Baylor-Texas rivalry has flipped
Oct. 03, 2014
AUSTIN, Texas (AP) — The Baylor-Texas rivalry has turned. So far, in fact, it's more like it's been flipped on its head.
Once dismissed among the dregs of the Big 12, Baylor has emerged as one of the top programs in the league. The Bears are the defending Big 12 champs, are ranked No. 7 and have won three of the last four against Texas (2-2) in games Baylor (4-0) easily controlled.
Those easy Texas victories in a rivalry that dates to 1901? You have to go all the way back to Colt McCoy and Vince Young for those. This is a new rivalry now and one first-year Texas coach Charlie Strong is about to see up close Saturday.
In his first matchup with Baylor coach Art Briles, Strong's team is a two-touchdown underdog — at home.
"No. 1 in offense, scoring offense and total offense. They just generate points," Strong said. "You watch a play and it's a touchdown there, and then the next time they come back up, hand the ball off, then they go score another touchdown. ... So it's going to be a major test for us, and we're going to have to play well. We're going to have to play above our heads."
Briles dismisses any talk that his program has surpassed mighty Texas.
"We certainly don't feel that way and really don't look at things that way," Briles said. "All that stuff really has no bearing on what's going to happen Saturday."
Texas wide receiver John Harris stirred things up on Monday when asked about Baylor's success against Texas when he said, "They're still Baylor. .... We're still Texas."
Harris' comments immediately lit up social media and fan message boards, but Baylor players weren't interested in taking the bait.
"Just so we're clear: I'm not going to answer any questions about any of their tweets or anything like that," Baylor quarterback Bryce Petty said.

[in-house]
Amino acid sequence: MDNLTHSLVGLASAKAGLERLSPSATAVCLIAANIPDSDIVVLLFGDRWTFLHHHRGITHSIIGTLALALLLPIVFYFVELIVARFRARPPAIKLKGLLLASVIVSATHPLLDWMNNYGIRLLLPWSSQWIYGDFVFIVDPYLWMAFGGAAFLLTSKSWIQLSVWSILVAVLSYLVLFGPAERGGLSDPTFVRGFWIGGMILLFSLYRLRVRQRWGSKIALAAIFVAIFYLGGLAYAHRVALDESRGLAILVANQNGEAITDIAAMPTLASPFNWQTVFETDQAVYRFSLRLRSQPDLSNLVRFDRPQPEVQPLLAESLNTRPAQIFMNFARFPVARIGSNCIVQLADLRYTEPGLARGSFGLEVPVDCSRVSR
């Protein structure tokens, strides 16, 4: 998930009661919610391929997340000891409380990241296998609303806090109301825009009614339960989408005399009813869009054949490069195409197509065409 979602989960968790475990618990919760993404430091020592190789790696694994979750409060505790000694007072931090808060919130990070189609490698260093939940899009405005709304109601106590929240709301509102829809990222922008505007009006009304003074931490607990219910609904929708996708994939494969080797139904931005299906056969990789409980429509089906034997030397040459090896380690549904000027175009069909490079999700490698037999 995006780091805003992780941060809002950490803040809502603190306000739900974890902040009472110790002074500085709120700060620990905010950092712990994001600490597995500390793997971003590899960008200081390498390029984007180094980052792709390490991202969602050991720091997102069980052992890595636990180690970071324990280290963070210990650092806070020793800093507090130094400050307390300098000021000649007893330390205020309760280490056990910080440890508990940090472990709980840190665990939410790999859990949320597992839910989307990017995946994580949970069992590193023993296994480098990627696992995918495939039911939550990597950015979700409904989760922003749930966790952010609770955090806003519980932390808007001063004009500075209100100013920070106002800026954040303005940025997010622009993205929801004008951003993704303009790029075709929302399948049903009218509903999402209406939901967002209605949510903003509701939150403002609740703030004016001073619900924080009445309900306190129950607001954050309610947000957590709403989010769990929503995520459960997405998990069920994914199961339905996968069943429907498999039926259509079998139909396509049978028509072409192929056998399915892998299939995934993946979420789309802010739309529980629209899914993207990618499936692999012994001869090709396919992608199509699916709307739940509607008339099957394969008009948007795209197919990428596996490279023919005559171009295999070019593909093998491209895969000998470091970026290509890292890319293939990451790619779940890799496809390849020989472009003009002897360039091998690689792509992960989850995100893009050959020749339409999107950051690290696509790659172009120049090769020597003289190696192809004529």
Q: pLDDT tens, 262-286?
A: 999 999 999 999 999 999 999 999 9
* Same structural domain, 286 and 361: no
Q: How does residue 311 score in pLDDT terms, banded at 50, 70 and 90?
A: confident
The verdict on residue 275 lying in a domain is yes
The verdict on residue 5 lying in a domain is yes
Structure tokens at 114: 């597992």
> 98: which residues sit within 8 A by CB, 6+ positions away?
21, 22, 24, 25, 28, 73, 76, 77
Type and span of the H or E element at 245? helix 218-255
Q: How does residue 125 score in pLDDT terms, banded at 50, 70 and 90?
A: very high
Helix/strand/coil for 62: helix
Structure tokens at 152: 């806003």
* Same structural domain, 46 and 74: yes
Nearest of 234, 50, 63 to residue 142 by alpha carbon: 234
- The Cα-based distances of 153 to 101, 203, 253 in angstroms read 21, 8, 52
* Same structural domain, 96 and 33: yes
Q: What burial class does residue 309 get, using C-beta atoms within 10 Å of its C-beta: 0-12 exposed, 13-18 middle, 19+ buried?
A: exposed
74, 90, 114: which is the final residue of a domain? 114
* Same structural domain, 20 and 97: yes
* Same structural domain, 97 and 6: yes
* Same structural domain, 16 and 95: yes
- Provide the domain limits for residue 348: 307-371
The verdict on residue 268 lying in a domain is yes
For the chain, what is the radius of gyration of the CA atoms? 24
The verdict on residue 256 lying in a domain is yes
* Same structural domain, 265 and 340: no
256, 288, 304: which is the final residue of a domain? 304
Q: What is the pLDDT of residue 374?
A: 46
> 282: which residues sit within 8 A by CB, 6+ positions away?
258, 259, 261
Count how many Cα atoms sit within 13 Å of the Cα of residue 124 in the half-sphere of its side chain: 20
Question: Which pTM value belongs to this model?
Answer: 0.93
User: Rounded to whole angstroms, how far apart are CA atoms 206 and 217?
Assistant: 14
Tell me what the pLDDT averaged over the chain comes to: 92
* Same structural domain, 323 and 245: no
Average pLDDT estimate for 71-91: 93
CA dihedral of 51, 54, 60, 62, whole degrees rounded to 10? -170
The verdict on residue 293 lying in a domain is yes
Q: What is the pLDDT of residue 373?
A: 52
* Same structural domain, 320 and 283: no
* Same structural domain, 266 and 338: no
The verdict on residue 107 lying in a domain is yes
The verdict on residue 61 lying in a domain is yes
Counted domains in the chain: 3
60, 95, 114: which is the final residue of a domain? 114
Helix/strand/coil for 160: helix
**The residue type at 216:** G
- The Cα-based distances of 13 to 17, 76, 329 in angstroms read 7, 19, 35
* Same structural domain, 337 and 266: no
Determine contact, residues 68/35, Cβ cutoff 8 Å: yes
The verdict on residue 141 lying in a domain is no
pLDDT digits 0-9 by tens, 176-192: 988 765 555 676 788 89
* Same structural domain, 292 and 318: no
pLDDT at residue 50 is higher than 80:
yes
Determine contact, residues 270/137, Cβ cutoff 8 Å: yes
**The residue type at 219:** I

Here are some things to watch when Baylor and Texas play Saturday:
THE QUARTERBACKS: Petty is among a handful of Heisman Trophy hopefuls, an experienced player who leads a dominant offense. Texas quarterback Tyrone Swoopes is very much a work in progress. Swoopes has three career starts and is showing improvement, but the Longhorns' offense ranks among the worst in the country.
BAYLOR DEFENSIVE END SHAWN OAKMAN: The 6-foot-9, 280-pound Oakman could be Swoopes' worst nightmare on Saturday. Oakman has five sacks already and this week matches up against a patchwork offensive line that has been decimated by injury and suspensions. Strong has already kicked starting tackle Kennedy Estelle off the team and Desmond Harrison, who was expected to be the other starter, still hasn't played yet because of violations of team rules.
BAYLOR RUNNING BACK SHOCK LINWOOD: Petty and the long touchdown passes get all the publicity, but Linwood does the dirty work, pounding out the tough yards rushing that draw in defenses for the big play. He's productive, too. Linwood averages 4.9 yards and has scored seven touchdowns.
BAYLOR WIDE RECEIVERS: This is a track team and freshman K.D. Cannon is just the latest speedster. Cannon averages 130 yards and has scored five touchdowns of 46, 81, 50, 42 and 89 yards. The Bears return Levi Norwood, who missed three games because of a wrist injury, and Antwan Goodley had six catches for 114 yards last week against Iowa State.
TEXAS DEFENSIVE BACKS: If Texas has a strength, it's creating turnovers. Cornerback Duke Thomas bit on a fake and surrendered the game-winning touchdown pass in the final minutes against UCLA, but rebounded with two interceptions last week against Kansas. Cornerback Quandre Diggs also has snuffed two scoring drives this season with end zone interceptions. Texas has nine total interceptions this season and if the Longhorns can force turnovers that give Swoopes a short field, Texas can keep the game close.